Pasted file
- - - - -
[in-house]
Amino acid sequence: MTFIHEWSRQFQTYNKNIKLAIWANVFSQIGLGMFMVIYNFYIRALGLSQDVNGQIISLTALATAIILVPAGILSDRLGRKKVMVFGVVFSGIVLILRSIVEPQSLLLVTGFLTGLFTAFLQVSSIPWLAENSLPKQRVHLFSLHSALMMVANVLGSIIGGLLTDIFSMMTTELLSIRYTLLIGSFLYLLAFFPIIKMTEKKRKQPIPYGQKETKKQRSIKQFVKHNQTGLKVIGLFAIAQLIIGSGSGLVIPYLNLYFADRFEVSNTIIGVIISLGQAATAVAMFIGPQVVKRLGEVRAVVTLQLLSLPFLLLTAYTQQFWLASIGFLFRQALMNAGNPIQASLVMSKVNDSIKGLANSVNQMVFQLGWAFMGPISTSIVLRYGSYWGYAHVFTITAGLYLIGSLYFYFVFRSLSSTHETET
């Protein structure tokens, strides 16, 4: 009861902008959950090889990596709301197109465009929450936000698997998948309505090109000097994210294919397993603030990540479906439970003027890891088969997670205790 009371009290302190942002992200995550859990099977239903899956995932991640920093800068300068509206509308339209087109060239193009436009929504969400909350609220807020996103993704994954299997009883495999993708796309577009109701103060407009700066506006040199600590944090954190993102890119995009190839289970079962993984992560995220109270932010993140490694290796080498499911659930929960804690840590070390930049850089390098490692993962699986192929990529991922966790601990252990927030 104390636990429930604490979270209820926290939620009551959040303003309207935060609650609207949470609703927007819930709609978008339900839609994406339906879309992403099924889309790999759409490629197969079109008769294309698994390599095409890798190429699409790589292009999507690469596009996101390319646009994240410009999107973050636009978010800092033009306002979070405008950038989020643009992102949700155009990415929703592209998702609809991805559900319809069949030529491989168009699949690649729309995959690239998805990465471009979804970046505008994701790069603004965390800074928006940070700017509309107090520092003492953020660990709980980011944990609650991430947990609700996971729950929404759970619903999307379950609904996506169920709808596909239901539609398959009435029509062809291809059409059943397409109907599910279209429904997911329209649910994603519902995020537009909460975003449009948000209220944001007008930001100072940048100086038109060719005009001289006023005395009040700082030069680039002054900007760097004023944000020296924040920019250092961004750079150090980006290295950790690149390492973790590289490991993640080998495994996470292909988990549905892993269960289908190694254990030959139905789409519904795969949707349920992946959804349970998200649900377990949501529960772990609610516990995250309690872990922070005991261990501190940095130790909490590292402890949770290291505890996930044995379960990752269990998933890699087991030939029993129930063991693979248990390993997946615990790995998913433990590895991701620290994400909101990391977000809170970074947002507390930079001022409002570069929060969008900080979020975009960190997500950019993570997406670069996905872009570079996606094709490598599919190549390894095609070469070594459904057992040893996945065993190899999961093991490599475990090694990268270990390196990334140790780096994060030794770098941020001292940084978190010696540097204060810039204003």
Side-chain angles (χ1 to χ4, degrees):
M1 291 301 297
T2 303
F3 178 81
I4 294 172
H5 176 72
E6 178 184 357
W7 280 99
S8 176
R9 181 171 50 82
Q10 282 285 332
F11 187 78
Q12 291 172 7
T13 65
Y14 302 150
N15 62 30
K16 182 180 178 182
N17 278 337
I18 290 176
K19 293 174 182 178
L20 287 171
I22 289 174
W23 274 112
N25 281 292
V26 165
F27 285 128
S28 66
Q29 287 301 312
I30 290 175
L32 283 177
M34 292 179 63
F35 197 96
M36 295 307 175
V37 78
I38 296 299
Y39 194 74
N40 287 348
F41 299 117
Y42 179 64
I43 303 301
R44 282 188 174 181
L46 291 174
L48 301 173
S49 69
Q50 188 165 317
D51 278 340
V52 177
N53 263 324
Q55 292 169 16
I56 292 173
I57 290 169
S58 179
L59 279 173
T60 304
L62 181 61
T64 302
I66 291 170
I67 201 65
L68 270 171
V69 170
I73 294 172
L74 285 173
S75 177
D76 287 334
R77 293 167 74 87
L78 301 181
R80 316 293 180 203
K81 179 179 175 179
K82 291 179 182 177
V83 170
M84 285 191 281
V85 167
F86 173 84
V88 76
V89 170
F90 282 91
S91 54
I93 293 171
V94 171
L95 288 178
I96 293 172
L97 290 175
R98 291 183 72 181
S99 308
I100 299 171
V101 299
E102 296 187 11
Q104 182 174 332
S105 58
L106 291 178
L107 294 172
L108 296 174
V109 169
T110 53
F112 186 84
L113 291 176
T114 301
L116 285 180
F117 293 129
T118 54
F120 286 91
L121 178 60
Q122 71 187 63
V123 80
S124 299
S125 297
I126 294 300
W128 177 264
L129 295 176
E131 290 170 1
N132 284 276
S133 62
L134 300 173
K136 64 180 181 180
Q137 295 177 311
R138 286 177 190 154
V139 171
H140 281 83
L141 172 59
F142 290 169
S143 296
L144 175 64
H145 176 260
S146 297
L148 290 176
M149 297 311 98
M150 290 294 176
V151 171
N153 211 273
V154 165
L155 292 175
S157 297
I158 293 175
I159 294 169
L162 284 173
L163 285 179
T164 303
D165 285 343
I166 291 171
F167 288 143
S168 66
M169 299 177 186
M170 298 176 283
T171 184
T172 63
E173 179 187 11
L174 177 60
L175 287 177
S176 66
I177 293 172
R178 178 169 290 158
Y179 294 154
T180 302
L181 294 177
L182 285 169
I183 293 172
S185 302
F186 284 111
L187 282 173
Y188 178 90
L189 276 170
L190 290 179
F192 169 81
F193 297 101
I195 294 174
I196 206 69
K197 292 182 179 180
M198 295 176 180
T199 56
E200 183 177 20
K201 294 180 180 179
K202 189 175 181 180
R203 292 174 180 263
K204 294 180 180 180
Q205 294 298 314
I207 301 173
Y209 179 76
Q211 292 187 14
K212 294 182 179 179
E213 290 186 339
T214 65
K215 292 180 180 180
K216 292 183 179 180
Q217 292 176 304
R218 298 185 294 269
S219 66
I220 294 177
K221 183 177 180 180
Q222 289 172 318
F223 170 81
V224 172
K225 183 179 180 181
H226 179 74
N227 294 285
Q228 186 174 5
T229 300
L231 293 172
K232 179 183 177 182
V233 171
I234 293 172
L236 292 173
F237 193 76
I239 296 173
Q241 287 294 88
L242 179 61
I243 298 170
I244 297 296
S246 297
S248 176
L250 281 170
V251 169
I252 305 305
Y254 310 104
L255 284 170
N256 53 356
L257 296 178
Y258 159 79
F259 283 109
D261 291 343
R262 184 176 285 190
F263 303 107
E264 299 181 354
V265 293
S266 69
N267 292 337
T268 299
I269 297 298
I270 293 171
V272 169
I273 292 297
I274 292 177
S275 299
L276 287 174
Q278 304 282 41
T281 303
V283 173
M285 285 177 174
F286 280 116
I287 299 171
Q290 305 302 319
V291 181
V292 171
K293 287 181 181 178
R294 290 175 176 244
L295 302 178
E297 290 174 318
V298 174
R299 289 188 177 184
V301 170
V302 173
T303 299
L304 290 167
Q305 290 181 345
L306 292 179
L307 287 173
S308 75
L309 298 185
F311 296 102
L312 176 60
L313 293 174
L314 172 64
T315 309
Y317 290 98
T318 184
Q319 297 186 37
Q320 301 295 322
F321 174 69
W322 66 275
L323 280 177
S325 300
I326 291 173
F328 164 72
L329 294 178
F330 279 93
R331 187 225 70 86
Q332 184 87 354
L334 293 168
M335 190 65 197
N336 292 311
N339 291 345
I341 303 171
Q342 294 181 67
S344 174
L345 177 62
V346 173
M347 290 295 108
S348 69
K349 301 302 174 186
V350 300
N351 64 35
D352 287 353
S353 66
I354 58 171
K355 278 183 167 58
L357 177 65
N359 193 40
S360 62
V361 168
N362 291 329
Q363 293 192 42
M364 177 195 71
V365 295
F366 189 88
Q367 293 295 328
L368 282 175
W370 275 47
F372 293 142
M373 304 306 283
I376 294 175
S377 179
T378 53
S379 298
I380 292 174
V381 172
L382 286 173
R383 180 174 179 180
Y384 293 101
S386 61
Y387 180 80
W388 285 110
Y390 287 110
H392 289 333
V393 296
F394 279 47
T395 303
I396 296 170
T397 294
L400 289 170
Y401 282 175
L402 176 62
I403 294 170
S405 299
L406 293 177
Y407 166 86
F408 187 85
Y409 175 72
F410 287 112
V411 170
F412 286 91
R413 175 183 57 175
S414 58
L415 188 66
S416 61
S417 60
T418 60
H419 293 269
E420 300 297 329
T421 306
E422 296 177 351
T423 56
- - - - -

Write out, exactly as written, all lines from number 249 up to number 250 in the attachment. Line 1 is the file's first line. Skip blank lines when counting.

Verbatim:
E297 290 174 318
V298 174